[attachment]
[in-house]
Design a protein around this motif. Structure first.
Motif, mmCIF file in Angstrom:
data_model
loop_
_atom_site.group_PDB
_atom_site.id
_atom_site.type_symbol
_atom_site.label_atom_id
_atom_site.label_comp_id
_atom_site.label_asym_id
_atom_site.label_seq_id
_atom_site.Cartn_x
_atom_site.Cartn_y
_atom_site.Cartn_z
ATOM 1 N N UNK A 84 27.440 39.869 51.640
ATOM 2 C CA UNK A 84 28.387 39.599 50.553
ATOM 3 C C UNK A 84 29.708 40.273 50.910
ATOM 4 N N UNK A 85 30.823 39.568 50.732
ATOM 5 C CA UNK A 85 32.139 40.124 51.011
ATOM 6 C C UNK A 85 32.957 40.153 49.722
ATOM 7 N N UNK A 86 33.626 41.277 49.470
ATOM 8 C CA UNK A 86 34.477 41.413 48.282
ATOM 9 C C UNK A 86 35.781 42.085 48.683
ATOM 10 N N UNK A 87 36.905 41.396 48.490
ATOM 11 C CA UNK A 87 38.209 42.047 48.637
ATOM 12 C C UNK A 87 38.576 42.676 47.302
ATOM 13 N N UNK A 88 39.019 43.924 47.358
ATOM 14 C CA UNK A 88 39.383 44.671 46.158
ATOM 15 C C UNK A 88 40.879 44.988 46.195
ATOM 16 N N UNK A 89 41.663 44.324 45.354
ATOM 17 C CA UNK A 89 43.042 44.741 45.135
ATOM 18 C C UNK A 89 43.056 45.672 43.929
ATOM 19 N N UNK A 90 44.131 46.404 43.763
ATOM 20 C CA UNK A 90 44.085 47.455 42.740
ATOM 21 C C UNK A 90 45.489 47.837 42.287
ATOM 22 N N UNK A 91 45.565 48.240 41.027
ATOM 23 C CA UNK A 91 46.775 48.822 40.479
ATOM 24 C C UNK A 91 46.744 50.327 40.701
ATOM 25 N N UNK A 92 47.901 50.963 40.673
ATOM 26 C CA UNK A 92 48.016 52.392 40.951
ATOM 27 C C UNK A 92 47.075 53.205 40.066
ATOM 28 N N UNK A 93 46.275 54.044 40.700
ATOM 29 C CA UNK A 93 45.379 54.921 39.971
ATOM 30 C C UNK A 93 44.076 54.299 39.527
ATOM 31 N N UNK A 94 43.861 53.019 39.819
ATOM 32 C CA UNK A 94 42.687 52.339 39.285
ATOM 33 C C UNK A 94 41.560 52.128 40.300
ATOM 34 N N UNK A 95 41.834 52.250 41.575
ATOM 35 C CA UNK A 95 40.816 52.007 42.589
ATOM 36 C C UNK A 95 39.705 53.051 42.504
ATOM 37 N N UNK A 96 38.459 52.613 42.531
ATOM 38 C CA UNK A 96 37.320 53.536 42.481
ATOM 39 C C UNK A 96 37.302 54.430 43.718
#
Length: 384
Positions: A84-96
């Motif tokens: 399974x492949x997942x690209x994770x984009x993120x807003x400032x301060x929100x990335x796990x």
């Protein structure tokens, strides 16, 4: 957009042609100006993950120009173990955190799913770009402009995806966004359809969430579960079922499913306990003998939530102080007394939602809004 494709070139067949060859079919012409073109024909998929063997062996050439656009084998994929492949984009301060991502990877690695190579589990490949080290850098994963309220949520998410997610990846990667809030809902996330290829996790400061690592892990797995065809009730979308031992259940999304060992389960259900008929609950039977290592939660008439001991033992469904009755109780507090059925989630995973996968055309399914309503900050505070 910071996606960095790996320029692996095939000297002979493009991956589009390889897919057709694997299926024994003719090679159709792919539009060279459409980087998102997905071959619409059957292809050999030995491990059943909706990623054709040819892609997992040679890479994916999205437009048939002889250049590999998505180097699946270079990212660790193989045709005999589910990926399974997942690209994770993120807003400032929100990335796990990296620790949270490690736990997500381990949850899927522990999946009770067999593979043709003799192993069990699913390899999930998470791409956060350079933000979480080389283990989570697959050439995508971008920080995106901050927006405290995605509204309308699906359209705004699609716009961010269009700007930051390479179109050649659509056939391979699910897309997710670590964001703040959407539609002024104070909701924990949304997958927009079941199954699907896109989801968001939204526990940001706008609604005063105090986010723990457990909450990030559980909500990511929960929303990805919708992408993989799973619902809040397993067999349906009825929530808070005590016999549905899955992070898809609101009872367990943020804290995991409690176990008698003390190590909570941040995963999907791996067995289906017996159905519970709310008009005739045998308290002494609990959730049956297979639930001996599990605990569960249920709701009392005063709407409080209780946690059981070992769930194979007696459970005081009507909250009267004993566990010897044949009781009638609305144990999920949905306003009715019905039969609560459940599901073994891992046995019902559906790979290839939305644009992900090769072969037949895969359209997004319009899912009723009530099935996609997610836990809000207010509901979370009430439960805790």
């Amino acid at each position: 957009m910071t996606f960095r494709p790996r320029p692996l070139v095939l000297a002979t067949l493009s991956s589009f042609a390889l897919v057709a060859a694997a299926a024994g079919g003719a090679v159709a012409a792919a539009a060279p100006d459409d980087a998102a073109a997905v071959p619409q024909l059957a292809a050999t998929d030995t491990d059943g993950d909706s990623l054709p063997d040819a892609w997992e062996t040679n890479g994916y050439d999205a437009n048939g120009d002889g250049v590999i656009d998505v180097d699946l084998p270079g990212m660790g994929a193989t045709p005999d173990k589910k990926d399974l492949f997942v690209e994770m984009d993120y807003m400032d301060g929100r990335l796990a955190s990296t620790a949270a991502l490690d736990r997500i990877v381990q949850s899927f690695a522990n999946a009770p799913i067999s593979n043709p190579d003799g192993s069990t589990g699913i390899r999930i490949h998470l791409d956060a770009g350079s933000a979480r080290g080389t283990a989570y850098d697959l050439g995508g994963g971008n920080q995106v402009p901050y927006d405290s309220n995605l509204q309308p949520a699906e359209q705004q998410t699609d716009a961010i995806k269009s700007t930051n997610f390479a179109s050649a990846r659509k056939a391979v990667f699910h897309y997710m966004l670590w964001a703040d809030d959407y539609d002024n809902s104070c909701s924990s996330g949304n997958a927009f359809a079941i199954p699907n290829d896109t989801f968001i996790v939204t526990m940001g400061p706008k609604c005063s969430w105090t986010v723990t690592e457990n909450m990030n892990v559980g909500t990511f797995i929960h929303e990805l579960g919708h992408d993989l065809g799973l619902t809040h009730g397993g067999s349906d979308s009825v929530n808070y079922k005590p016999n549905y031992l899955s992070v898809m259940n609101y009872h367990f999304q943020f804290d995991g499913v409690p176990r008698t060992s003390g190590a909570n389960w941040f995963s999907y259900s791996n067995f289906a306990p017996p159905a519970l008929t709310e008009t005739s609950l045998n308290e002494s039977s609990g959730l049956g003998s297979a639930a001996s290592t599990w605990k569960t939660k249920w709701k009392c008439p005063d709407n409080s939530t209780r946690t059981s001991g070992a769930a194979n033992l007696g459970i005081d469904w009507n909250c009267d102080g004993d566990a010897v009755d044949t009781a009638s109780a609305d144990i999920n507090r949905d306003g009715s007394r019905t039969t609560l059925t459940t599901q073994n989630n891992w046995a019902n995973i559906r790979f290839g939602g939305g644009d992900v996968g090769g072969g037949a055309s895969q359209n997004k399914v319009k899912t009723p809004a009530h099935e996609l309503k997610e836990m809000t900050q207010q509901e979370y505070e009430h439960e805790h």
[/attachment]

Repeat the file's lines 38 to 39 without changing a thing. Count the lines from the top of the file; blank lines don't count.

ATOM 23 C CA UNK A 91 46.775 48.822 40.479
ATOM 24 C C UNK A 91 46.744 50.327 40.701